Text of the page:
Praise for the first edition: "This is a great introduction and contribution to the subject. It is unusually wide-ranging, covering the historical development of cultural theory and deftly highlighting key problems that just won't go away." - Matthew Hills, Cardiff University "To say that the scope of the book's coverage is wide-ranging would be an under-statement. Few texts come to mind that have attempted such a thorough overview of the central tenets of cultural studies." - Stuart Allan, Bournemouth University This fully revised edition of the best selling introduction to cultural studies offers students an authoritative, comprehensive guide to cultural studies. Clearly written and accessibly organized the book provides a major resource for lecturers and students. Each chapter has been extensively revised and new material covers globalization, the post 9/11 world and the new language wars. The emphasis upon demonstrating the philosophical and sociological roots of cultural studies has been retained along with boxed entries on key concepts and issues. Particular attention is paid to demonstrating how cultural studies clarifies issues in media and communication studies, and there are chapters on the global mediasphere and new media cultures. This is a tried and tested book which has been widely used wherever cultural studies is taught. It is an indispensable undergraduate text and one that will appeal to postgraduates seeking a 'refresher' which they can dip into.
In this 7th edition of his award-winning Cultural Theory and Popular Culture: An Introduction, John Storey has extensively revised the text throughout. As before, the book presents a clear and critical survey of competing theories of and various approaches to popular culture. Its breadth and theoretical unity, exemplified through popular culture, means that it can be flexibly and relevantly applied across a number of disciplines. Also retaining the accessible approach of previous editions, and using appropriate examples from the texts and practices of popular culture, this new edition remains a key introduction to the area.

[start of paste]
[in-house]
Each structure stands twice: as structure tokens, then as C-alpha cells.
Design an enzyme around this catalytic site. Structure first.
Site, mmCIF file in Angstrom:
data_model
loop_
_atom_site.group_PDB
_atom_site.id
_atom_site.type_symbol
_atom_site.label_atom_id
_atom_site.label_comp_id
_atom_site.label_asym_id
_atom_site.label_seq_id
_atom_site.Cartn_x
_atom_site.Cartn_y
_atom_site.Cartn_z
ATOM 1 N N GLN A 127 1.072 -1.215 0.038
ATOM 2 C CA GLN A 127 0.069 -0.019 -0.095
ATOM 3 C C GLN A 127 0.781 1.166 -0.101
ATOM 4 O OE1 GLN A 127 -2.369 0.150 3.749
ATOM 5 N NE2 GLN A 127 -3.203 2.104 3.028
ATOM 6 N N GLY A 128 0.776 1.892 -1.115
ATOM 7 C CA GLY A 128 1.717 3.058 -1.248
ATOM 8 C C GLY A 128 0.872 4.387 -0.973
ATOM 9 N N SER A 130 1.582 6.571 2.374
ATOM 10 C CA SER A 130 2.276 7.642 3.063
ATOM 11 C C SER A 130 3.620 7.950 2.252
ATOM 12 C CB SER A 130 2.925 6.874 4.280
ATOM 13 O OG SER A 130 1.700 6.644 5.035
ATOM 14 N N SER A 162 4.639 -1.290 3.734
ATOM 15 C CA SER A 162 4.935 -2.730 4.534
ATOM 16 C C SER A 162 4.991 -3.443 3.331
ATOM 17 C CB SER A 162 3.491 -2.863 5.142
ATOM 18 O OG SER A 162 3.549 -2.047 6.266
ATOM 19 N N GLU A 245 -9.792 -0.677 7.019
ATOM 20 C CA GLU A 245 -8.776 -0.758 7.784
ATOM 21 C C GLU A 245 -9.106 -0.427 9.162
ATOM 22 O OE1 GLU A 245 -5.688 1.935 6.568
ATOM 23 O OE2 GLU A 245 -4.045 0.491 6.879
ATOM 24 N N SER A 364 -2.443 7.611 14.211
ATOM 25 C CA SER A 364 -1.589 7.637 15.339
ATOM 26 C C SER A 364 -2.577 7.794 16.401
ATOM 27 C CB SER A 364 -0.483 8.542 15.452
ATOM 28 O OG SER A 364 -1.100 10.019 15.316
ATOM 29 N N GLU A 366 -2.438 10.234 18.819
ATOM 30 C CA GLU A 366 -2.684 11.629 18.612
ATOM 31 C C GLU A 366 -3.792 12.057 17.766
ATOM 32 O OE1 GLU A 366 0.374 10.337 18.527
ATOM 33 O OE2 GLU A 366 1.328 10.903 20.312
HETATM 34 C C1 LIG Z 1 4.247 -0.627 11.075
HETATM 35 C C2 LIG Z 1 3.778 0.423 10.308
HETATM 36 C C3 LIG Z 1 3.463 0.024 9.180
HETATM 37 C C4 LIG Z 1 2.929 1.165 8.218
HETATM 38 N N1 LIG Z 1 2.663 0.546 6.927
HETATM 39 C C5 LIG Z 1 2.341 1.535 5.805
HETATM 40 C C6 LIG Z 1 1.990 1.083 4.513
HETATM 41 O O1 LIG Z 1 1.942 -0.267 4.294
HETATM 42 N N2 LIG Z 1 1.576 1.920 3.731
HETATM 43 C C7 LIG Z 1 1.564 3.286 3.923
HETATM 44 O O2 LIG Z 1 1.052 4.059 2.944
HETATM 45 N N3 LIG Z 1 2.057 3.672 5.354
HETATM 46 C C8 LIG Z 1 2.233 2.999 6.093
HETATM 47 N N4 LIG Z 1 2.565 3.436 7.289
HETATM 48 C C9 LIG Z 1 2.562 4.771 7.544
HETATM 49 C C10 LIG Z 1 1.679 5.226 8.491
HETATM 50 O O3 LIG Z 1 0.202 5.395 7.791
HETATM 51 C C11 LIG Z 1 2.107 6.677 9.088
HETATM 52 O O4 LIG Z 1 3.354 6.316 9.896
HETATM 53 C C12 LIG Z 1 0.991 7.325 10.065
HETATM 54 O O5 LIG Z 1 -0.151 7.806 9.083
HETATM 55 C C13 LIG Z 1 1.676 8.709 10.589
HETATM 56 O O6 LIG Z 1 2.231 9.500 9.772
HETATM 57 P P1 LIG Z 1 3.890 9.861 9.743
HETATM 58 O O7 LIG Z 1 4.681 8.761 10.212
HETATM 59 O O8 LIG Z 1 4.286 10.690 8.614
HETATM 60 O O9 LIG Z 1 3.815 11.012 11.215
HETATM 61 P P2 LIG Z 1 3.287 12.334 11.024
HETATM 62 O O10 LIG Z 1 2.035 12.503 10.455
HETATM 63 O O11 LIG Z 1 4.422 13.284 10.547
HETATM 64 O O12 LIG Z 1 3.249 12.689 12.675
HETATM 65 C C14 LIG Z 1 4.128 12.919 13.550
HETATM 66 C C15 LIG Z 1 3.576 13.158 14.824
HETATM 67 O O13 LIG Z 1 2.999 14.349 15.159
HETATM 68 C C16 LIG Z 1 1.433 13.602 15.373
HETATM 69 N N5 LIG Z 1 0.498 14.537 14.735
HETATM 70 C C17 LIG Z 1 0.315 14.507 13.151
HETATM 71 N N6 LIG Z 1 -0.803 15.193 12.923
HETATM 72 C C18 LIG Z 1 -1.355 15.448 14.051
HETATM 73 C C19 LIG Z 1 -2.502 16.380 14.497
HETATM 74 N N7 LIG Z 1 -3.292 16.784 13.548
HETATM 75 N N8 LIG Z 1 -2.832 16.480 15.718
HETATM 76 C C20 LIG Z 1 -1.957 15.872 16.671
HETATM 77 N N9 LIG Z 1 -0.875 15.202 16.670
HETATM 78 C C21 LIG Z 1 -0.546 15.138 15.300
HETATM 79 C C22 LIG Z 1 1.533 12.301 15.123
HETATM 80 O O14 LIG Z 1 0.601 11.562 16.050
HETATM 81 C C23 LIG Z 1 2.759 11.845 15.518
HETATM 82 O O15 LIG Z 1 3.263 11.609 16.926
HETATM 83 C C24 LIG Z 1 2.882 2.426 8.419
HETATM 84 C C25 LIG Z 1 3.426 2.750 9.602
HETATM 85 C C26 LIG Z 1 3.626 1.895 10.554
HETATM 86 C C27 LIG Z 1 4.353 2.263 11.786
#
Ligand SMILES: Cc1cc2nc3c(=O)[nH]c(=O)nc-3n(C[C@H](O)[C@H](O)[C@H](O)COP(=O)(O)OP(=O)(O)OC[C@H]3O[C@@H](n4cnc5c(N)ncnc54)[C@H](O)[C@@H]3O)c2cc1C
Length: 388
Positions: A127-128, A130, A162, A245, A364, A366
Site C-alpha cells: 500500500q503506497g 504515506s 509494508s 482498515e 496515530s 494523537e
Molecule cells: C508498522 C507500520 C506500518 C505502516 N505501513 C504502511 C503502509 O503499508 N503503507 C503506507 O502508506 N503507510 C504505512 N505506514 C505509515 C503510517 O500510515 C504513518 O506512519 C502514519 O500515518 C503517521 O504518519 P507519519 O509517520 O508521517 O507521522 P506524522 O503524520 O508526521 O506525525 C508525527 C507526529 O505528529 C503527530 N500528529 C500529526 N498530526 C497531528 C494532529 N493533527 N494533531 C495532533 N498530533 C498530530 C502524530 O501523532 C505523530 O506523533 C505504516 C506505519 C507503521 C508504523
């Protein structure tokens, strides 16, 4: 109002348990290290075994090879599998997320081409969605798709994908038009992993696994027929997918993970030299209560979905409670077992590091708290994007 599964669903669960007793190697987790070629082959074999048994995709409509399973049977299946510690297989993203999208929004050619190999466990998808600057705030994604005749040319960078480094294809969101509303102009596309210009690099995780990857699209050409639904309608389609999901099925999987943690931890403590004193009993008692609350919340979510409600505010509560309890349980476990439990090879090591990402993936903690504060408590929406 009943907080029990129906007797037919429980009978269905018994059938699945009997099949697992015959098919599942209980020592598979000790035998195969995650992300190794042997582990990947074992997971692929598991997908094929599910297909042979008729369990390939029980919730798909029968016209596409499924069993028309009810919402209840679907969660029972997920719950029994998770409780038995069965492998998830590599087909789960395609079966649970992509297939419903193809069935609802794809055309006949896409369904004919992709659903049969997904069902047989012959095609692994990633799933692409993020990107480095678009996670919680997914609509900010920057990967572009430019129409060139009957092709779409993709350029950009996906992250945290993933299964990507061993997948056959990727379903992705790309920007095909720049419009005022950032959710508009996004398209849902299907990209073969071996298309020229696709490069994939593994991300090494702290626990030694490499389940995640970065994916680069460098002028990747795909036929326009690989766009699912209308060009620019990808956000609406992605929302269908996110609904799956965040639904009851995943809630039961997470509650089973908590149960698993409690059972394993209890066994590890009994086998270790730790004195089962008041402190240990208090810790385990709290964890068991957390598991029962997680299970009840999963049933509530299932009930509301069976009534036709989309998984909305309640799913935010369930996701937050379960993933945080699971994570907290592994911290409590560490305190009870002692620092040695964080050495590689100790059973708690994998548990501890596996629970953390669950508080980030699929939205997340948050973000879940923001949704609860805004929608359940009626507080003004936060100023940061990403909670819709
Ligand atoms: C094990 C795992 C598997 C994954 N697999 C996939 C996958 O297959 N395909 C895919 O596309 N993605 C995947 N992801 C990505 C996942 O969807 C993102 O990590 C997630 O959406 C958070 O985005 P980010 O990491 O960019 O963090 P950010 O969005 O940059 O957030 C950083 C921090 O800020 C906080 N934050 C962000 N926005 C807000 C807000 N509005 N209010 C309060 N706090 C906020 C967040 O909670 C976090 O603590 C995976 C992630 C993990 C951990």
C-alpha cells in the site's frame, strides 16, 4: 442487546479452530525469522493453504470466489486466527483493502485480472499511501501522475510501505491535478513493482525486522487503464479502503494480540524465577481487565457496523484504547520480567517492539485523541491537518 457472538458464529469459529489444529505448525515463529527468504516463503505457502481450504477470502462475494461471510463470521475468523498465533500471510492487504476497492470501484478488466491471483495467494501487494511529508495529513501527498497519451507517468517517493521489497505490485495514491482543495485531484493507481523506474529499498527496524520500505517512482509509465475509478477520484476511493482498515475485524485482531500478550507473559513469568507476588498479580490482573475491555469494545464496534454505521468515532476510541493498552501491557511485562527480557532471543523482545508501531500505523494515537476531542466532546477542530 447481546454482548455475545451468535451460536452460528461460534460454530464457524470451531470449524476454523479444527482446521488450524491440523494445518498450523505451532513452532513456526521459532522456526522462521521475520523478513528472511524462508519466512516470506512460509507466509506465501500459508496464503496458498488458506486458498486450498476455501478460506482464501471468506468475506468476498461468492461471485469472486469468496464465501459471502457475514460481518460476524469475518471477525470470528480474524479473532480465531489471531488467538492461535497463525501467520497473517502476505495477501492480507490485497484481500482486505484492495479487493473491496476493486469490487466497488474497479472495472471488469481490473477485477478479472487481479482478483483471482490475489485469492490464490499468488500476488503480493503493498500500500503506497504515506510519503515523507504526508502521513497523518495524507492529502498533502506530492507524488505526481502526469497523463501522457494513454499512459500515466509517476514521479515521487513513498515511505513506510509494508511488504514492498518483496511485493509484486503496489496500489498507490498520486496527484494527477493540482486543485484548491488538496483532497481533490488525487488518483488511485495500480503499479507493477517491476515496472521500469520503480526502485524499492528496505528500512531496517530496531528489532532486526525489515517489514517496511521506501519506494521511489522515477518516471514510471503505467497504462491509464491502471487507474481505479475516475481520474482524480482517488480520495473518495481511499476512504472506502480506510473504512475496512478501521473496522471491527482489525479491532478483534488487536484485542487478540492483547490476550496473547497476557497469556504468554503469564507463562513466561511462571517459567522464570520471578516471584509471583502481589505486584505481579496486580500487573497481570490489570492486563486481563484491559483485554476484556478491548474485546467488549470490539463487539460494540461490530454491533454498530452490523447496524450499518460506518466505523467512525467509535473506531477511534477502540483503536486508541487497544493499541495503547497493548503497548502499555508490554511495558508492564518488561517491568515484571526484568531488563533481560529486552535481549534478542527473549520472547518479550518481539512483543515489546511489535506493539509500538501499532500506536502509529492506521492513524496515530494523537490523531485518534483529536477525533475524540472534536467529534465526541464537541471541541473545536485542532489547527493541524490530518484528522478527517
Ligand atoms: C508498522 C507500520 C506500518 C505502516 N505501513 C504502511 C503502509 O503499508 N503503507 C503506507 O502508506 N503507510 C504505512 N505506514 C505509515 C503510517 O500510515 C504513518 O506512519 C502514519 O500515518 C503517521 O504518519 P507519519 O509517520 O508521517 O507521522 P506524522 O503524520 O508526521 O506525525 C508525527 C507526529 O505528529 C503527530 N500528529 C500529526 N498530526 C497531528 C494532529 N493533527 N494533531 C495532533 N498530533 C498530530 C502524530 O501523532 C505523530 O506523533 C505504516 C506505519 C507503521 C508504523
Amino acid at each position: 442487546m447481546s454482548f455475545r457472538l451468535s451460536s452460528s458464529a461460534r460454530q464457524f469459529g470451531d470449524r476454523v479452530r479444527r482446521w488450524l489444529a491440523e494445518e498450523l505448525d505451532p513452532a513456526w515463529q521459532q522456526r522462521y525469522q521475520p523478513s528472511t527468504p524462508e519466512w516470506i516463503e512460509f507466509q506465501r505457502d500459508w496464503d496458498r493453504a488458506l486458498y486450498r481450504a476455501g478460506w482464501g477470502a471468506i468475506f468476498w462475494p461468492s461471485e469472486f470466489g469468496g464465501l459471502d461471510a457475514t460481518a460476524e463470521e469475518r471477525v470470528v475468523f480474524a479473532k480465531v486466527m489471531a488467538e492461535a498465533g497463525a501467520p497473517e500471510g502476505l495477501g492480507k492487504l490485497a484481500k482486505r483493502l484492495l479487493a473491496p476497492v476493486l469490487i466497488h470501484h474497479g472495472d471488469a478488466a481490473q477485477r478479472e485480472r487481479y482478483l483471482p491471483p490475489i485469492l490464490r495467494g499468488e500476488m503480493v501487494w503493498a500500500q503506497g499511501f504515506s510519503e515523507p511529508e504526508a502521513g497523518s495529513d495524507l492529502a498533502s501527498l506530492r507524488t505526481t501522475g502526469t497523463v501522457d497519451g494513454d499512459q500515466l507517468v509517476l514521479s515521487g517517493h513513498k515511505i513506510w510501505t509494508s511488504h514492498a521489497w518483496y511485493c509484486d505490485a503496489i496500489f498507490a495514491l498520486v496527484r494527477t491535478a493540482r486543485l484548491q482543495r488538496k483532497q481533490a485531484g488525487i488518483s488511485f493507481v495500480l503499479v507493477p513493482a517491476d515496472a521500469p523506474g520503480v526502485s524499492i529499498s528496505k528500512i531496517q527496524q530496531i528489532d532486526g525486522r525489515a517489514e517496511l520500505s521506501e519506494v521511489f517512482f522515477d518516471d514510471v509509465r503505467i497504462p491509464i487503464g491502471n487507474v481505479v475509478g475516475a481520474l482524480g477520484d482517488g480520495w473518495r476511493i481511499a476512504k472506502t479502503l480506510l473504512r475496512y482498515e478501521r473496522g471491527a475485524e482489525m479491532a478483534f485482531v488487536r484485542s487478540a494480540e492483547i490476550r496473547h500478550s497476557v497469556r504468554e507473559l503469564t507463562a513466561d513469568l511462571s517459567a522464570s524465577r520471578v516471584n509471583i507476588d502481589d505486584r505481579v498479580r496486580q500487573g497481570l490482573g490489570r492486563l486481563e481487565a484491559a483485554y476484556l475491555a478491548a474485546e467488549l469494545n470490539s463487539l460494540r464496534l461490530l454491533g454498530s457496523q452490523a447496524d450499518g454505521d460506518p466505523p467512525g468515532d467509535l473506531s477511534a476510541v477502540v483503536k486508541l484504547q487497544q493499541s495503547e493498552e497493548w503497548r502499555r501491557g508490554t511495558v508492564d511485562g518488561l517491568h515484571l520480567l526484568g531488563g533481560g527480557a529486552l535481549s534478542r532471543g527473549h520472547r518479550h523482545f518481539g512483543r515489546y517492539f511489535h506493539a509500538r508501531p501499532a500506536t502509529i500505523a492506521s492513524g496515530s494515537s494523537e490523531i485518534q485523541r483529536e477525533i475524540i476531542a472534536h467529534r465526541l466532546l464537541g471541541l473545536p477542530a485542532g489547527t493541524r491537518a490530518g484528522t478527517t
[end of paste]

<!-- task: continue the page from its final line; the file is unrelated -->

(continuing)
The essays in this provocative collection exemplify the innovations that have characterized the relatively new field of late ancient studies. Focused on civilizations clustered mainly around the Mediterranean and covering the period between roughly 100 and 700 CE, scholars in this field have brought history and cultural studies to bear on theology and religious studies. They have adopted the methods of the social sciences and humanities--particularly those of sociology, cultural anthropology, and literary criticism. By emphasizing cultural and social history and considerations of gender and sexuality, scholars of late antiquity have revealed the late ancient world as far more varied than had previously been imagined. The contributors investigate three key concerns of late ancient studies: gender, asceticism, and historiography. They consider Macrina's scar, Mary's voice, and the harlot's body as well as Augustine, Jovinian, Gregory of Nazianzus, Julian, and Ephrem the Syrian. Whether examining how animal bodies figured as a means for understanding human passion and sexuality in the monastic communities of Egypt and Palestine or meditating on the almost modern epistemological crisis faced by Theodoret in attempting to overcome the barriers between the self and the wider world, these essays highlight emerging theoretical and critical developments in the field. Contributors. Daniel Boyarin, David Brakke, Virginia Burrus, Averil Cameron, Susanna Elm, James E. Goehring, Susan Ashbrook Harvey, David G. Hunter, Blake Leyerle, Dale B. Martin, Patricia Cox Miller, Philip Rousseau, Teresa M. Shaw, Maureen A. Tilley, Dennis E. Trout, Mark Vessey